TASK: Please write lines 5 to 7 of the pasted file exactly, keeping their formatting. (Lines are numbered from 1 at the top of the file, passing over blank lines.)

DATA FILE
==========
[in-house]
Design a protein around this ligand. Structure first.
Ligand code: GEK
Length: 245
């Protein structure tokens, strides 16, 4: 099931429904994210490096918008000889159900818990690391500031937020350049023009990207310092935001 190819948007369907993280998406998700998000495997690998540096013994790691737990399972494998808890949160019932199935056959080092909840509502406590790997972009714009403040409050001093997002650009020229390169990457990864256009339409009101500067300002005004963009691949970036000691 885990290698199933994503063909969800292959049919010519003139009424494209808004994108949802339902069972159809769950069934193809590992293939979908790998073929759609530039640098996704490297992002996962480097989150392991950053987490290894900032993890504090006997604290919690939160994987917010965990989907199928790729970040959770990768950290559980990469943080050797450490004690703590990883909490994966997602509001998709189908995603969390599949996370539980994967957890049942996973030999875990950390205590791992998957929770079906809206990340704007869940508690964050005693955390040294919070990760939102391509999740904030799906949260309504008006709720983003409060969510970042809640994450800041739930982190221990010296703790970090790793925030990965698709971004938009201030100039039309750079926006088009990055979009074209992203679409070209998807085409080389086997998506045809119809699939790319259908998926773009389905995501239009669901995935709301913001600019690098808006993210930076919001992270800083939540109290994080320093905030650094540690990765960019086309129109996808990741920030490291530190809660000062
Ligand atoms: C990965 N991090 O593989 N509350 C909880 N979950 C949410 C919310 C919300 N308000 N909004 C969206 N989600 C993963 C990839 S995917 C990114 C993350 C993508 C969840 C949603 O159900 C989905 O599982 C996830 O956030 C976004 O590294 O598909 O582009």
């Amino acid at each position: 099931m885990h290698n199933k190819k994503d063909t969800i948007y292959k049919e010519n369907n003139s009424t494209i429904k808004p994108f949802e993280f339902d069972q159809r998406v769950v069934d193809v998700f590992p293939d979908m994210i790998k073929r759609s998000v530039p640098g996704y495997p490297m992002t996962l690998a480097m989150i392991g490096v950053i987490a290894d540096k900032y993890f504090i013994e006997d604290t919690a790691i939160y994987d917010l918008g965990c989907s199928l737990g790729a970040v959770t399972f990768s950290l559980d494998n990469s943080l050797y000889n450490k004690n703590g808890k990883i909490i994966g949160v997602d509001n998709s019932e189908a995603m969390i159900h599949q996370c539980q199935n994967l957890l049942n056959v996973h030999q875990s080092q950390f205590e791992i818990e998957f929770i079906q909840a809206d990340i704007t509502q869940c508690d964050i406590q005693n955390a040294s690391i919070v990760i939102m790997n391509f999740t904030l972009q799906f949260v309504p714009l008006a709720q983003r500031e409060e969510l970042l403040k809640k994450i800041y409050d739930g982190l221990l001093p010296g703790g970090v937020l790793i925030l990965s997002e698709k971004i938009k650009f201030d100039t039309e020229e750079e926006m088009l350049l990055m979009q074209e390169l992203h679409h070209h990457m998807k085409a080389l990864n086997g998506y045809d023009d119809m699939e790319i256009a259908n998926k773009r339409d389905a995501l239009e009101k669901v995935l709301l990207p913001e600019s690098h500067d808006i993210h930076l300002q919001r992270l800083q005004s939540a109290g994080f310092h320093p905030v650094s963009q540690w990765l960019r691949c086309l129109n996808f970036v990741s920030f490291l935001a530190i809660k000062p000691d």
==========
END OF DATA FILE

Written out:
């Protein structure tokens, strides 16, 4: 099931429904994210490096918008000889159900818990690391500031937020350049023009990207310092935001 190819948007369907993280998406998700998000495997690998540096013994790691737990399972494998808890949160019932199935056959080092909840509502406590790997972009714009403040409050001093997002650009020229390169990457990864256009339409009101500067300002005004963009691949970036000691 885990290698199933994503063909969800292959049919010519003139009424494209808004994108949802339902069972159809769950069934193809590992293939979908790998073929759609530039640098996704490297992002996962480097989150392991950053987490290894900032993890504090006997604290919690939160994987917010965990989907199928790729970040959770990768950290559980990469943080050797450490004690703590990883909490994966997602509001998709189908995603969390599949996370539980994967957890049942996973030999875990950390205590791992998957929770079906809206990340704007869940508690964050005693955390040294919070990760939102391509999740904030799906949260309504008006709720983003409060969510970042809640994450800041739930982190221990010296703790970090790793925030990965698709971004938009201030100039039309750079926006088009990055979009074209992203679409070209998807085409080389086997998506045809119809699939790319259908998926773009389905995501239009669901995935709301913001600019690098808006993210930076919001992270800083939540109290994080320093905030650094540690990765960019086309129109996808990741920030490291530190809660000062
Ligand atoms: C990965 N991090 O593989 N509350 C909880 N979950 C949410 C919310 C919300 N308000 N909004 C969206 N989600 C993963 C990839 S995917 C990114 C993350 C993508 C969840 C949603 O159900 C989905 O599982 C996830 O956030 C976004 O590294 O598909 O582009």
């Amino acid at each position: 099931m885990h290698n199933k190819k994503d063909t969800i948007y292959k049919e010519n369907n003139s009424t494209i429904k808004p994108f949802e993280f339902d069972q159809r998406v769950v069934d193809v998700f590992p293939d979908m994210i790998k073929r759609s998000v530039p640098g996704y495997p490297m992002t996962l690998a480097m989150i392991g490096v950053i987490a290894d540096k900032y993890f504090i013994e006997d604290t919690a790691i939160y994987d917010l918008g965990c989907s199928l737990g790729a970040v959770t399972f990768s950290l559980d494998n990469s943080l050797y000889n450490k004690n703590g808890k990883i909490i994966g949160v997602d509001n998709s019932e189908a995603m969390i159900h599949q996370c539980q199935n994967l957890l049942n056959v996973h030999q875990s080092q950390f205590e791992i818990e998957f929770i079906q909840a809206d990340i704007t509502q869940c508690d964050i406590q005693n955390a040294s690391i919070v990760i939102m790997n391509f999740t904030l972009q799906f949260v309504p714009l008006a709720q983003r500031e409060e969510l970042l403040k809640k994450i800041y409050d739930g982190l221990l001093p010296g703790g970090v937020l790793i925030l990965s997002e698709k971004i938009k650009f201030d100039t039309e020229e750079e926006m088009l350049l990055m979009q074209e390169l992203h679409h070209h990457m998807k085409a080389l990864n086997g998506y045809d023009d119809m699939e790319i256009a259908n998926k773009r339409d389905a995501l239009e009101k669901v995935l709301l990207p913001e600019s690098h500067d808006i993210h930076l300002q919001r992270l800083q005004s939540a109290g994080f310092h320093p905030v650094s963009q540690w990765l960019r691949c086309l129109n996808f970036v990741s920030f490291l935001a530190i809660k000062p000691d």